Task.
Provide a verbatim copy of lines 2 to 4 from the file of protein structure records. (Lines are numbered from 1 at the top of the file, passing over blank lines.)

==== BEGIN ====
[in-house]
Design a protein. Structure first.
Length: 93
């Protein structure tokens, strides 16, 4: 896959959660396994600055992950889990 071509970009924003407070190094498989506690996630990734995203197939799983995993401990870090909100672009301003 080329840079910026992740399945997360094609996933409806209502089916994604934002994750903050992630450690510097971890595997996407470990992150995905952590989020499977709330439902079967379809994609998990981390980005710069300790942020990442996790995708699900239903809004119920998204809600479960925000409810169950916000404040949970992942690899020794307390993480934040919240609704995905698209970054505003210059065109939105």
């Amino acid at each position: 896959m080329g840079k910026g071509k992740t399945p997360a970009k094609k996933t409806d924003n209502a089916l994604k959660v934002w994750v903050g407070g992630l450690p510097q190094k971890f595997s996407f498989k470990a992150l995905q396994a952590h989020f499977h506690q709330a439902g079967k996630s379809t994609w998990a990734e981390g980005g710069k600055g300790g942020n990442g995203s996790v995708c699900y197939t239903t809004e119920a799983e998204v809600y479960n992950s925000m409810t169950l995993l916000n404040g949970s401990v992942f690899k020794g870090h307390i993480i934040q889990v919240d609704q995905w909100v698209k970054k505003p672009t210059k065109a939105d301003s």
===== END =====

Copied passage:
Design a protein. Structure first.
Length: 93
């Protein structure tokens, strides 16, 4: 896959959660396994600055992950889990 071509970009924003407070190094498989506690996630990734995203197939799983995993401990870090909100672009301003 080329840079910026992740399945997360094609996933409806209502089916994604934002994750903050992630450690510097971890595997996407470990992150995905952590989020499977709330439902079967379809994609998990981390980005710069300790942020990442996790995708699900239903809004119920998204809600479960925000409810169950916000404040949970992942690899020794307390993480934040919240609704995905698209970054505003210059065109939105």